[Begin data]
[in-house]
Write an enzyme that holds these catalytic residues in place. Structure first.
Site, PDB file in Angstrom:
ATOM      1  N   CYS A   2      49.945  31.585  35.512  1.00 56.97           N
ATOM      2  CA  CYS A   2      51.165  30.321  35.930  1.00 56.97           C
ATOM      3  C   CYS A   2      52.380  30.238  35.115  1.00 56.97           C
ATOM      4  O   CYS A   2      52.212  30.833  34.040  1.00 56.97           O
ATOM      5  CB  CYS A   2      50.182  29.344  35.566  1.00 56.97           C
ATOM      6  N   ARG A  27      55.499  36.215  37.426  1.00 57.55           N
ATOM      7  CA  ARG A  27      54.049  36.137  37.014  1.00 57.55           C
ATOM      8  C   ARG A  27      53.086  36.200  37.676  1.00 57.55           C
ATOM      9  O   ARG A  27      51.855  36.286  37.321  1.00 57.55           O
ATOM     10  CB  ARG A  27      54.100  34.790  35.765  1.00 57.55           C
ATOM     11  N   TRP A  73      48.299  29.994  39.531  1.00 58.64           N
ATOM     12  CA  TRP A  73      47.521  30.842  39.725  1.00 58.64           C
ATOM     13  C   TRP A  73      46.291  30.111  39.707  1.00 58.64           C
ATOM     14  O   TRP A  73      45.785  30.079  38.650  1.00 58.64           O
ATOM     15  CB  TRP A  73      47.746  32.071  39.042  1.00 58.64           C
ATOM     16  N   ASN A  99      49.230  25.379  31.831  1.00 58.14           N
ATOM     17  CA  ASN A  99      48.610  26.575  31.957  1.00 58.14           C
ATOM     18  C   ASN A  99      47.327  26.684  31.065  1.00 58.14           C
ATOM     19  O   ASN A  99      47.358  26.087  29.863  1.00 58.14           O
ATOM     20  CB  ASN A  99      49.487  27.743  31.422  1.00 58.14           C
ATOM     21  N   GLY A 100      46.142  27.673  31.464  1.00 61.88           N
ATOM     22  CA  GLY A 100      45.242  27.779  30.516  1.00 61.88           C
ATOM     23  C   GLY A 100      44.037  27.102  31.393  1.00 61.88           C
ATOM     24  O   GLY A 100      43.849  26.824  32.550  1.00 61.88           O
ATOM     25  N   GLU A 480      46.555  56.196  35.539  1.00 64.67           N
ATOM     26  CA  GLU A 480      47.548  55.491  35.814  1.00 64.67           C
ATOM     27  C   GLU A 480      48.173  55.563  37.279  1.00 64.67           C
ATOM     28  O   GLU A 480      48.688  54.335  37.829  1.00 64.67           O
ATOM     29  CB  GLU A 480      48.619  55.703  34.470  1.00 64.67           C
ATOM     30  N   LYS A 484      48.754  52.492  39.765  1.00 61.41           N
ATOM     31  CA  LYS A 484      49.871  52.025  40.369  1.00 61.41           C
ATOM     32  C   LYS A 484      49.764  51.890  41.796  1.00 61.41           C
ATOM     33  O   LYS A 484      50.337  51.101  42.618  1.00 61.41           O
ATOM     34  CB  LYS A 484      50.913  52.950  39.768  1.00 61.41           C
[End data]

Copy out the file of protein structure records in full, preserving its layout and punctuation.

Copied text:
[in-house]
Write an enzyme that holds these catalytic residues in place. Structure first.
Site, PDB file in Angstrom:
ATOM      1  N   CYS A   2      49.945  31.585  35.512  1.00 56.97           N
ATOM      2  CA  CYS A   2      51.165  30.321  35.930  1.00 56.97           C
ATOM      3  C   CYS A   2      52.380  30.238  35.115  1.00 56.97           C
ATOM      4  O   CYS A   2      52.212  30.833  34.040  1.00 56.97           O
ATOM      5  CB  CYS A   2      50.182  29.344  35.566  1.00 56.97           C
ATOM      6  N   ARG A  27      55.499  36.215  37.426  1.00 57.55           N
ATOM      7  CA  ARG A  27      54.049  36.137  37.014  1.00 57.55           C
ATOM      8  C   ARG A  27      53.086  36.200  37.676  1.00 57.55           C
ATOM      9  O   ARG A  27      51.855  36.286  37.321  1.00 57.55           O
ATOM     10  CB  ARG A  27      54.100  34.790  35.765  1.00 57.55           C
ATOM     11  N   TRP A  73      48.299  29.994  39.531  1.00 58.64           N
ATOM     12  CA  TRP A  73      47.521  30.842  39.725  1.00 58.64           C
ATOM     13  C   TRP A  73      46.291  30.111  39.707  1.00 58.64           C
ATOM     14  O   TRP A  73      45.785  30.079  38.650  1.00 58.64           O
ATOM     15  CB  TRP A  73      47.746  32.071  39.042  1.00 58.64           C
ATOM     16  N   ASN A  99      49.230  25.379  31.831  1.00 58.14           N
ATOM     17  CA  ASN A  99      48.610  26.575  31.957  1.00 58.14           C
ATOM     18  C   ASN A  99      47.327  26.684  31.065  1.00 58.14           C
ATOM     19  O   ASN A  99      47.358  26.087  29.863  1.00 58.14           O
ATOM     20  CB  ASN A  99      49.487  27.743  31.422  1.00 58.14           C
ATOM     21  N   GLY A 100      46.142  27.673  31.464  1.00 61.88           N
ATOM     22  CA  GLY A 100      45.242  27.779  30.516  1.00 61.88           C
ATOM     23  C   GLY A 100      44.037  27.102  31.393  1.00 61.88           C
ATOM     24  O   GLY A 100      43.849  26.824  32.550  1.00 61.88           O
ATOM     25  N   GLU A 480      46.555  56.196  35.539  1.00 64.67           N
ATOM     26  CA  GLU A 480      47.548  55.491  35.814  1.00 64.67           C
ATOM     27  C   GLU A 480      48.173  55.563  37.279  1.00 64.67           C
ATOM     28  O   GLU A 480      48.688  54.335  37.829  1.00 64.67           O
ATOM     29  CB  GLU A 480      48.619  55.703  34.470  1.00 64.67           C
ATOM     30  N   LYS A 484      48.754  52.492  39.765  1.00 61.41           N
ATOM     31  CA  LYS A 484      49.871  52.025  40.369  1.00 61.41           C
ATOM     32  C   LYS A 484      49.764  51.890  41.796  1.00 61.41           C
ATOM     33  O   LYS A 484      50.337  51.101  42.618  1.00 61.41           O
ATOM     34  CB  LYS A 484      50.913  52.950  39.768  1.00 61.41           C